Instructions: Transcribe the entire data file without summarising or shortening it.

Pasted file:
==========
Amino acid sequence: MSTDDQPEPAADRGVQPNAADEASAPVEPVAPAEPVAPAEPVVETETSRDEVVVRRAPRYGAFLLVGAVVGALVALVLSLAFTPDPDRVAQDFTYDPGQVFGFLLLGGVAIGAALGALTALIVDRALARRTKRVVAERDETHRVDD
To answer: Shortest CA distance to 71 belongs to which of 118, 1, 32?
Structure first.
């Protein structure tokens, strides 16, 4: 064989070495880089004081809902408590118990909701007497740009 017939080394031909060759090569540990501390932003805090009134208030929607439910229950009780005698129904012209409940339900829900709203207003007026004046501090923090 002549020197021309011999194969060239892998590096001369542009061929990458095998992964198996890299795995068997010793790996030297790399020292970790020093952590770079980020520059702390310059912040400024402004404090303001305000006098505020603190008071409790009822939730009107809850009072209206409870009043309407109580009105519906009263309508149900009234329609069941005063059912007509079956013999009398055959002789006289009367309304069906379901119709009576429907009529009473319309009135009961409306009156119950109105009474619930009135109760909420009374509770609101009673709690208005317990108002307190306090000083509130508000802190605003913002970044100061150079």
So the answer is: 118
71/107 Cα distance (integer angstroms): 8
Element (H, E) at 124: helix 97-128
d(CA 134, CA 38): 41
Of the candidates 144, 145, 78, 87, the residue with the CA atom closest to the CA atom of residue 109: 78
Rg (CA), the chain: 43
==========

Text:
Amino acid sequence: MSTDDQPEPAADRGVQPNAADEASAPVEPVAPAEPVAPAEPVVETETSRDEVVVRRAPRYGAFLLVGAVVGALVALVLSLAFTPDPDRVAQDFTYDPGQVFGFLLLGGVAIGAALGALTALIVDRALARRTKRVVAERDETHRVDD
To answer: Shortest CA distance to 71 belongs to which of 118, 1, 32?
Structure first.
């Protein structure tokens, strides 16, 4: 064989070495880089004081809902408590118990909701007497740009 017939080394031909060759090569540990501390932003805090009134208030929607439910229950009780005698129904012209409940339900829900709203207003007026004046501090923090 002549020197021309011999194969060239892998590096001369542009061929990458095998992964198996890299795995068997010793790996030297790399020292970790020093952590770079980020520059702390310059912040400024402004404090303001305000006098505020603190008071409790009822939730009107809850009072209206409870009043309407109580009105519906009263309508149900009234329609069941005063059912007509079956013999009398055959002789006289009367309304069906379901119709009576429907009529009473319309009135009961409306009156119950109105009474619930009135109760909420009374509770609101009673709690208005317990108002307190306090000083509130508000802190605003913002970044100061150079």
So the answer is: 118
71/107 Cα distance (integer angstroms): 8
Element (H, E) at 124: helix 97-128
d(CA 134, CA 38): 41
Of the candidates 144, 145, 78, 87, the residue with the CA atom closest to the CA atom of residue 109: 78
Rg (CA), the chain: 43